CHAPTER #07

ELECTROCHEMISTRY

Q: What is electrochemistry and how it is important in every day life?

Ans:

The branch of chemistry which deals with the conversion of electrical energy into chemical energy and chemical energy into electrical energy is called ELECTROCHEMISTRY.

Electrochemistry plays a vital role on Industrial level for the production of Industrial products.

Importance in every day life

  • Electrochemical Industries produce millions of tons of Important metals such as Copper, Aluminium, Magnesium, Sodium and Zinc etc. through electrolysis processes.
  • They also produces Caustic Soda, Chlorine, Silicon carbide etc.
  • Important processes such as Rusting of Iron objects, combustion of fuel in automobile engine, forest fire and metabolism of food in human and animal bodies are Involving Redox reactions.
  • The turning on of a flashlight, mobile, calculator, electronic toys etc also generates out because of a current of electricity.
  • Household bleaching agents decolourize the color bearing substances in strains involve Redox reactions.
  • Dying of Aluminium can produce metallic red, blue or other colours on the metal surface because of process Electroplating.
  • Anodized Aluminium sheets are widely used in buildings now-a-days for absorbing dyes because of Electrolysis process.
  • Hence due to the detail discussion, we conclude that Electrochemistry plays a vital role in Industries. .

Q: How redox or oxidation reductions reactions can take place

Ans:

Redox Reactions

There are three different ways of expressions of oxidation and Reduction reactions.

  • Loss or gain of oxygen and hydrogen.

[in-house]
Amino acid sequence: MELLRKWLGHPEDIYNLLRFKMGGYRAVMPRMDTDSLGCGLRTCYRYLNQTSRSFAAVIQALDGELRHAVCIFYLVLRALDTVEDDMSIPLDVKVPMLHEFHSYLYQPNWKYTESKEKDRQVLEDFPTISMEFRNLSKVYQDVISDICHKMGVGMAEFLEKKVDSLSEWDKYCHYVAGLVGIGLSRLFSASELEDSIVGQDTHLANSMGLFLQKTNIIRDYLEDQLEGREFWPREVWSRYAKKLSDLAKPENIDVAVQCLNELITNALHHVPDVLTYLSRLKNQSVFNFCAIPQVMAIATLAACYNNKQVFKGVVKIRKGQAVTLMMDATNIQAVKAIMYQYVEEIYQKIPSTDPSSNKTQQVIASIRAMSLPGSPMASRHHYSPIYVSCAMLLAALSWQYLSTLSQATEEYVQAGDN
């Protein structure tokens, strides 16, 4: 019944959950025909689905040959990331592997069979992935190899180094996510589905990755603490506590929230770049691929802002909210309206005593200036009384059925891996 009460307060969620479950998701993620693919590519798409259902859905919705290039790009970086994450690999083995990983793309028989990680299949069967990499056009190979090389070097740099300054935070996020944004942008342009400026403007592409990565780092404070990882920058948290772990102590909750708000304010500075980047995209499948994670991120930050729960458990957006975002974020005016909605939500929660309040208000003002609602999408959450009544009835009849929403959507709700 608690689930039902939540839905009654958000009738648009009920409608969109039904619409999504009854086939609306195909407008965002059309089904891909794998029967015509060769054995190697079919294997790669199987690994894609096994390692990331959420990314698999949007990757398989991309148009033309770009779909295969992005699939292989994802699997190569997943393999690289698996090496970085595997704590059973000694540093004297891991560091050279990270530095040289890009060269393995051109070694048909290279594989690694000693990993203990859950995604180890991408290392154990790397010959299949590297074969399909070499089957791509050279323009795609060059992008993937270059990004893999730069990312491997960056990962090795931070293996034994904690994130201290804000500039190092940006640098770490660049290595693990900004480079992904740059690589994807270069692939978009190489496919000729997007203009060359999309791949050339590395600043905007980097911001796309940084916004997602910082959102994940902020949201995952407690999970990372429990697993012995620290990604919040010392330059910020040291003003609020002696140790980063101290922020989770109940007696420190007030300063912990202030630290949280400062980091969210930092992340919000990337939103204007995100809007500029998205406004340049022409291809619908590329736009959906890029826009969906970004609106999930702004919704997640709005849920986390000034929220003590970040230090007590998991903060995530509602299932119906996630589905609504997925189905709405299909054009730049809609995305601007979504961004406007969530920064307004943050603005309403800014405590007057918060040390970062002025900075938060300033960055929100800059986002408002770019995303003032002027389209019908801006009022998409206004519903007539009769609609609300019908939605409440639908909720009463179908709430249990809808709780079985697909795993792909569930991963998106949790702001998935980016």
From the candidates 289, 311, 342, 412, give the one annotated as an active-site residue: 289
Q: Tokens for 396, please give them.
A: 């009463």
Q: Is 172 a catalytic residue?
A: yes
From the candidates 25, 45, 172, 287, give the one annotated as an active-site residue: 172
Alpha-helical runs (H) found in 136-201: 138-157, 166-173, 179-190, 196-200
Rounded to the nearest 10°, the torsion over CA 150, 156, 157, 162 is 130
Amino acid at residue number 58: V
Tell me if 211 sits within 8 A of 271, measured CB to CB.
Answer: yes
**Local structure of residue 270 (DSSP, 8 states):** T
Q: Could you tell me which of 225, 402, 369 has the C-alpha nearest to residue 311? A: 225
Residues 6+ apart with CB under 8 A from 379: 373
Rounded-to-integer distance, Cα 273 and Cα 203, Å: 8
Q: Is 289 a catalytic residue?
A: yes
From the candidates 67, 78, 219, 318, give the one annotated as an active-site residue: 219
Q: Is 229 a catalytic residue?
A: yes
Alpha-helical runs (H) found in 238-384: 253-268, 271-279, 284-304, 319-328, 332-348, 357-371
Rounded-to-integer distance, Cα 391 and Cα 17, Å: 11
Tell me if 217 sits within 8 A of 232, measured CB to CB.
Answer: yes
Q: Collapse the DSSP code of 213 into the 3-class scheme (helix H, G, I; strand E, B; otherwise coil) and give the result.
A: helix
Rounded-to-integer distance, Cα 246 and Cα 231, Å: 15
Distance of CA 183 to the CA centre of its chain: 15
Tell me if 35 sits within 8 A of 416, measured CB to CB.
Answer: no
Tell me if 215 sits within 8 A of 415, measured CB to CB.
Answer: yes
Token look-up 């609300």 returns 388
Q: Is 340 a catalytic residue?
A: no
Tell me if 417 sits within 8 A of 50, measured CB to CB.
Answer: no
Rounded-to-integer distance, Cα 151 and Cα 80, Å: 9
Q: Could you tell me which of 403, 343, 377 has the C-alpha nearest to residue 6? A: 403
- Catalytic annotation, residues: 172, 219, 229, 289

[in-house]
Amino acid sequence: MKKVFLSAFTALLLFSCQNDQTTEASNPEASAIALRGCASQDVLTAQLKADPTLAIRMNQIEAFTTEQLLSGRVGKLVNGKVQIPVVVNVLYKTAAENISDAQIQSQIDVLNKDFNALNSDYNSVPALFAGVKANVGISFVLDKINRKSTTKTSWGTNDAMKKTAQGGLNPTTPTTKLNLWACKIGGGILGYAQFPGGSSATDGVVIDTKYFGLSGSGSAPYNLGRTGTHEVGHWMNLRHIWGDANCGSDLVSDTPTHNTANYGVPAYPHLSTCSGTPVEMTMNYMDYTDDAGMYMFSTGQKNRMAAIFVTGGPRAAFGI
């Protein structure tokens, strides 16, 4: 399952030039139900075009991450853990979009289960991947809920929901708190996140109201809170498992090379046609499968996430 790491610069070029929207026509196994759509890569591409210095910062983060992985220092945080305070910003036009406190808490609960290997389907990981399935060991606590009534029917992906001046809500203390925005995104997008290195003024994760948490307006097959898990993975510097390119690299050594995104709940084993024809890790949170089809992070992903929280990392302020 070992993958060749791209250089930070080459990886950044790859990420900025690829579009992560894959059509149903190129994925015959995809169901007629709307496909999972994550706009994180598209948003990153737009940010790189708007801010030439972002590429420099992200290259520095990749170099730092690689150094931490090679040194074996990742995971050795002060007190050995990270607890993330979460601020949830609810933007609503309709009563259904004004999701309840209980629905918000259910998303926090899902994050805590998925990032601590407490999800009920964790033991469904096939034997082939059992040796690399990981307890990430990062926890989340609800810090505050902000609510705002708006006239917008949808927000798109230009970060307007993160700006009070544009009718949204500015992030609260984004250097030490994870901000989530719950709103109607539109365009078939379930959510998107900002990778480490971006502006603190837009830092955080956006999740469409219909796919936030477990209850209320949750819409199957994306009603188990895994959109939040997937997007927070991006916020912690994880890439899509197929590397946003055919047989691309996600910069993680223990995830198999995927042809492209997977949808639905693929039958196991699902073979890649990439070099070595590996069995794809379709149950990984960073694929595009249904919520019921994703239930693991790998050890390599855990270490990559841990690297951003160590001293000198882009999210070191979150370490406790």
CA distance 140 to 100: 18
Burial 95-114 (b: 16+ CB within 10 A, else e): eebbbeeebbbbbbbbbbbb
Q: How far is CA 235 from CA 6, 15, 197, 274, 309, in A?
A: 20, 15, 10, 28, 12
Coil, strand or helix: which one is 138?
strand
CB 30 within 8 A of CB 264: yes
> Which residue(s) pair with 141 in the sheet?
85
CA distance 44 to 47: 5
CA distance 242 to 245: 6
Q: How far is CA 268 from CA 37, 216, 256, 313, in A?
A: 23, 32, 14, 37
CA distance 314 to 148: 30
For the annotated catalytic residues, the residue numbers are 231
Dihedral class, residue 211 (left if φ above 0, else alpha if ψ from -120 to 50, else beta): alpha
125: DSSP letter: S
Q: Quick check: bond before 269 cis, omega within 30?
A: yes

• Loss or gain of electron (s).
  • Oxidation number decreases or Increasing.

Importance of redox reactions:

Redox is stand for Reduction-Oxidation reactions simultaneously observed in same chemical reaction. These reactions plays an important role as follows:

  • In Steel mills, iron ores usually oxides of Iron are converted to the pure metal on Industrial level by the following reaction in the blast furnace

C + O2               CO2 + heat (Exothermic reaction)

CO2 +C             2CO(Endothermicreaction)

Fe2O3 + 3CO                     2Fe + 3CO2

In this reaction, Fe2O3 loses oxygen which is gains by CO and oxidizes into C02. Thus Fe2O3 is reduced into Fe and CO is oxidized into CO2.

  • Acetylene (C2H2) is commercially used for cutting and welding metals. When acetylene burns, it produces a very hot flame known as oxy-acetylene flame and the following reaction takes place.

2C2H2 + 5 O2          4CO2+H2O + heat              (Exothermic reaction)

 

In this reaction, Acetylene loses hydrogen and oxygen gains hydrogen to form water. Thus Acetylene gets oxidised (loses hydrogen) into CO2 and oxygen is reduced into H2O (gain Hydrogen)

  • Coal is burned in Thermal power stations to produce electricity. The following reaction occurs, when it burns

C + O2                        CO2 + heat

In this reaction, carbon atom gains oxygen and  gets oxidized into CO2.

  • The formation of a loose flaky layer of Iron (III) oxide, Fe2O3 on the surface of Iron is called Rust. In rusting of Iron, following reaction occurs

4Fe + 3O2               2Fe2O3

In this reaction, iron gains oxygen and get oxidized into Fe2O3.

Q: Define oxidation and support your answer with examples?

Ans:

Oxidation

Oxidation is defined as the gain of oxygen atoms

e.g:

  1. i) oxidation of C into CO2 by combustion

C + O2                          CO2

  1. ii) Oxidation of Al into Al2O3

4Al+3O2                2Al2O3

 

  • oxidation is also defined as the loss of hydrogen atoms by a molecule.

2C2H2+5O                     4CO2+2H2O + heat

CH4 + 2O2             CO2 + 2H2O + heat

Since C2H2 and CH4 loss H-atoms and combined with oxygen atoms, thus c-atoms undergo oxidation and form H2O.

A process that involves the loss of electrons by an element is called oxidation.